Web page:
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Legislative subcommittee hears report on medical malpractice in Virginia
By JIM HALL
RICHMOND--The doctors at the top of the list were not the ones that the legislators expected to see.
Thoracic surgeons, dermatologists and gastroenterologists were the medical specialists who paid the highest average malpractice claims, according to a new state study.
Further down the list were the doctors who paid the highest malpractice insurance premiums: neurosurgeons, ER physicians and ob/gyn surgeons.
"This runs totally counter what we're hearing," said Del. Clifford L. Athey Jr.
The ranking of medical specialities by claims paid was part of a State Corporation Commission report delivered yesterday to the Joint Subcommittee Studying Risk Management Plans for Physicians and Hospitals.
Committee members heard from Eric Lowe, one of the state's insurance analysts, on the 4,034 malpractice claims that Virginia insurance companies closed in a recent three-year period. The data are part of a mandatory accounting that Virginia companies must now file with the State Corporation Commission. The first report was due Sept. 1 and covered the period 2002 through 2004.
The report shows that three-fourths of all malpractice claims closed against Virginia health providers during the reporting period were closed without a payment.
When claims were paid--about 330 each year--the payments averaged $220,000. About half of the paid claims were for less than $100,000, Lowe added.
These two aspects of Lowe's report bothered Athey, a Republican delegate who represents parts of Fauquier, Frederick and Warren counties.
If most of the people who filed claims against doctors received no money, and those who did receive money received less than $100,000, these claims "probably shouldn't have been brought in the first place," Athey said.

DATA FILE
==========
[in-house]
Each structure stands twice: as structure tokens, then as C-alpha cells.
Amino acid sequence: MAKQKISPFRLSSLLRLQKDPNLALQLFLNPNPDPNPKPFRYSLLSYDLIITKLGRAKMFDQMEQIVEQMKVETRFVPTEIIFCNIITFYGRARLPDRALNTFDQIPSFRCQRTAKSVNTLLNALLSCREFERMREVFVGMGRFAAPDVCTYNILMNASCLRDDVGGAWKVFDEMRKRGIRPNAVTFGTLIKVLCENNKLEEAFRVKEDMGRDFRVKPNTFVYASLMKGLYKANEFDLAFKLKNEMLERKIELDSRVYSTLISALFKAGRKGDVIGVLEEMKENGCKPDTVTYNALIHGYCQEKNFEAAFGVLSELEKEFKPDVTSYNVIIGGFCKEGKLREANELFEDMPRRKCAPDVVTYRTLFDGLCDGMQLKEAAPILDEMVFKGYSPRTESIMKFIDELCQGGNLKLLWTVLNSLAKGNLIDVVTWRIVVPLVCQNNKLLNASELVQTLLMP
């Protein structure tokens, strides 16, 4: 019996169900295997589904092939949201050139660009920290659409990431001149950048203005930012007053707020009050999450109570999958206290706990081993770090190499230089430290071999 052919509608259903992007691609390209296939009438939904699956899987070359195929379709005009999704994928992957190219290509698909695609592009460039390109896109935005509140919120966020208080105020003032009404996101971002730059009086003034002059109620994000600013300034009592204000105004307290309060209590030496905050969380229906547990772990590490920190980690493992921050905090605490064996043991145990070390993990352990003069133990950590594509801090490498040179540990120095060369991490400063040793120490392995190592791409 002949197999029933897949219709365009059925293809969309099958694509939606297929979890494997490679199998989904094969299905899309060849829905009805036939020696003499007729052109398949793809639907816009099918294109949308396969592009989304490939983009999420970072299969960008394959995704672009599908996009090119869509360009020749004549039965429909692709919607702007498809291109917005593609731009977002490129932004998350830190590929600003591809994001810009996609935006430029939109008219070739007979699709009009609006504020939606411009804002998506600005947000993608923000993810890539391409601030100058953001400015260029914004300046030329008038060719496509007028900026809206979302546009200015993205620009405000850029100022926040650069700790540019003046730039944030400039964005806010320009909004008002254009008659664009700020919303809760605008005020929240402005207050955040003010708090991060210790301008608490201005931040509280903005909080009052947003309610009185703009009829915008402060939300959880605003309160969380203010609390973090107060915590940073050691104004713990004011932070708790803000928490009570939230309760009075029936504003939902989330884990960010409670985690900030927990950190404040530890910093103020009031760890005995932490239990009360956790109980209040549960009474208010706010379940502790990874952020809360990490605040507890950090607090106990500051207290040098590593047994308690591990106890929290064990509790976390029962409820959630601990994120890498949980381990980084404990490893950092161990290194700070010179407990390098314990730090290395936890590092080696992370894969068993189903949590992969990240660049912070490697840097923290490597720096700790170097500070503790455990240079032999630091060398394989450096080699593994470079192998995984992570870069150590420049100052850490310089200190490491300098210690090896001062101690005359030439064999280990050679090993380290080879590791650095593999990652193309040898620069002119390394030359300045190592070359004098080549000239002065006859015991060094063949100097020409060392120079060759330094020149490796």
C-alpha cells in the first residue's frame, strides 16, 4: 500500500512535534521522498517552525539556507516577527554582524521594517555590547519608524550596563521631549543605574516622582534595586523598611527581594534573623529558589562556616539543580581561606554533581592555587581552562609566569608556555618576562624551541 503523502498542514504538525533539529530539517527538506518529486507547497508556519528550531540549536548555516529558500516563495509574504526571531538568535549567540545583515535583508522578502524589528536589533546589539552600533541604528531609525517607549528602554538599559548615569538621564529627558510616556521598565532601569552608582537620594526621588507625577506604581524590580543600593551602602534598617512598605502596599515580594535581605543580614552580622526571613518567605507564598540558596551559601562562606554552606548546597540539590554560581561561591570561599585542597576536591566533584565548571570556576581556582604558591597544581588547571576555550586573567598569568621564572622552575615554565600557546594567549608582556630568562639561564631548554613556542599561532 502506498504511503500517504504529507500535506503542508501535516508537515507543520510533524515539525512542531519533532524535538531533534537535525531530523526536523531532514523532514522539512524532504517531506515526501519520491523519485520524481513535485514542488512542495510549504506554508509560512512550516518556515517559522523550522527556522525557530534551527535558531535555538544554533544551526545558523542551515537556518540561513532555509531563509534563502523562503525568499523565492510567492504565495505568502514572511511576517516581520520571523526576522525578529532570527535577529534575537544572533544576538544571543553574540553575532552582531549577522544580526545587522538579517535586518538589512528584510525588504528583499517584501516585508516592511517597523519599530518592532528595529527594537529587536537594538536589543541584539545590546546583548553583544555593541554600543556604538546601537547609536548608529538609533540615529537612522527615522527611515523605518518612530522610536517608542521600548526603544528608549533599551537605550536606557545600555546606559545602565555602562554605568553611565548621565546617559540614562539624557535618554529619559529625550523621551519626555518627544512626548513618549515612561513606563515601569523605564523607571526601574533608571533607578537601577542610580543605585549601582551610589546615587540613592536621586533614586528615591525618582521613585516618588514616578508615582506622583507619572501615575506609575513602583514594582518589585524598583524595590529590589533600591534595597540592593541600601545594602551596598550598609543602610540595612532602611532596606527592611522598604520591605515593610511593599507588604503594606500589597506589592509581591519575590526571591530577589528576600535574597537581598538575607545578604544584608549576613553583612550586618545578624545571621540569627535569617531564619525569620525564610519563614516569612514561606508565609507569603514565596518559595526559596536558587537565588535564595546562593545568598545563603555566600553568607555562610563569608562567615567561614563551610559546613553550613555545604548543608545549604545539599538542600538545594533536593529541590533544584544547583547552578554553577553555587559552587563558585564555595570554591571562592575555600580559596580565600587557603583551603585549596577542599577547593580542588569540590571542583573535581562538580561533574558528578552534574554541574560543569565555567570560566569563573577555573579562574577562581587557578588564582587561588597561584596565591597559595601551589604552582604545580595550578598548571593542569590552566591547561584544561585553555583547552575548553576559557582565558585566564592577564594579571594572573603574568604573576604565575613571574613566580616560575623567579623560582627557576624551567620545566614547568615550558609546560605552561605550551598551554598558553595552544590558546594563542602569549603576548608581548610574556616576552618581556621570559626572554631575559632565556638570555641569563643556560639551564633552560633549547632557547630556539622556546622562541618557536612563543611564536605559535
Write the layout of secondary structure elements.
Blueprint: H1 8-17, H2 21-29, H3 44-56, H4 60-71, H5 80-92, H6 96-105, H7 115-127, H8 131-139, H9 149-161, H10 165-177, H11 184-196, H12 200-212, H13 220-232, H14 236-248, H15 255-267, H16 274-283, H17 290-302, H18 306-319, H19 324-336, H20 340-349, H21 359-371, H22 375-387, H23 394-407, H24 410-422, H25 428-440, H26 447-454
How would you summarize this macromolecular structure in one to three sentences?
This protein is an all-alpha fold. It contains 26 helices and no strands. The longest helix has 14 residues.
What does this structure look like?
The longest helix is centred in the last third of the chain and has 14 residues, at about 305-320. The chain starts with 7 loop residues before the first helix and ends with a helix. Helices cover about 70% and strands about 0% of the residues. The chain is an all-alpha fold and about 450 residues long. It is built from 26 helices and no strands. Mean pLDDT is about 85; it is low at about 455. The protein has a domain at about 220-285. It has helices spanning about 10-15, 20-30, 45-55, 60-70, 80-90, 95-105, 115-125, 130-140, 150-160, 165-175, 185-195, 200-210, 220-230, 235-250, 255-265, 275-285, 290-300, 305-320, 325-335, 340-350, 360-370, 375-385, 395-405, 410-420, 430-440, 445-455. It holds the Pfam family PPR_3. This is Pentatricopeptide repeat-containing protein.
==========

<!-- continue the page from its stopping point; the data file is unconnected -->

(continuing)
But Lowe cautioned that the data are limited. "You can't infer anything" about the worthiness of the claim from the report, he said.
Lowe also cautioned Athey about drawing too many conclusions from the ranking of specialties by claims paid.
Certain low-risk specialities, like dermatology, paid higher claims than high-risk doctors, such as obstetricians.
One possible reason is that when a dermatologist fails to diagnose a melanoma, the harm to the patient can be substantial, said Bevin R. Alexander, representing the Virginia Association of Defense Attorneys.
These patients can document substantial medical expenses and lost wages, he said.
"When something goes wrong, it goes badly wrong," Alexander said.
But Lowe cautioned that only three claims were paid for dermatologists during the reporting period.
"I just don't want anybody to jump to too many conclusions from this," Lowe said. "It's not a lot of data for some of these specialities."
The meeting was the subcommittee's third. Sen. Stephen D. Newman, the chairman, said he expected the group to meet once more before drafting legislative changes for the General Assembly to consider during its 2006 session. These changes could include continuing education for judges and the creation of a medical court to consider malpractice claims, said Newman, a Lynchburg Republican.
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